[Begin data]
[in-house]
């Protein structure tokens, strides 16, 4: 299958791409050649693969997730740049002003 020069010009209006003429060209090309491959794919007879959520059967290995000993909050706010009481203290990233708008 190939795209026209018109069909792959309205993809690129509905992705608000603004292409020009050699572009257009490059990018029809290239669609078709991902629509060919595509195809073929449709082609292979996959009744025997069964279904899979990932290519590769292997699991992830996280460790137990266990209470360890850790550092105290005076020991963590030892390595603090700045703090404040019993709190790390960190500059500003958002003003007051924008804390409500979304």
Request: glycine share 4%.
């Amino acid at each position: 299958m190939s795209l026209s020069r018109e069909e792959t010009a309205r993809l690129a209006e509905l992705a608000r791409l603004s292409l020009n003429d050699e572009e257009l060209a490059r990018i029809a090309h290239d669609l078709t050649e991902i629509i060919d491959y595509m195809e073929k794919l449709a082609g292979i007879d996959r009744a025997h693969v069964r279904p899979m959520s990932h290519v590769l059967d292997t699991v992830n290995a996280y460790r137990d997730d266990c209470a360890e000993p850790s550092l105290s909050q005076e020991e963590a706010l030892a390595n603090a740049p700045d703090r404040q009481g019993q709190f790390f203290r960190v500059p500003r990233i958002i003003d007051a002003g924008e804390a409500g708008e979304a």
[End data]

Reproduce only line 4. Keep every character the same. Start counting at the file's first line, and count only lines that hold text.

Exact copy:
């Amino acid at each position: 299958m190939s795209l026209s020069r018109e069909e792959t010009a309205r993809l690129a209006e509905l992705a608000r791409l603004s292409l020009n003429d050699e572009e257009l060209a490059r990018i029809a090309h290239d669609l078709t050649e991902i629509i060919d491959y595509m195809e073929k794919l449709a082609g292979i007879d996959r009744a025997h693969v069964r279904p899979m959520s990932h290519v590769l059967d292997t699991v992830n290995a996280y460790r137990d997730d266990c209470a360890e000993p850790s550092l105290s909050q005076e020991e963590a706010l030892a390595n603090a740049p700045d703090r404040q009481g019993q709190f790390f203290r960190v500059p500003r990233i958002i003003d007051a002003g924008e804390a409500g708008e979304a």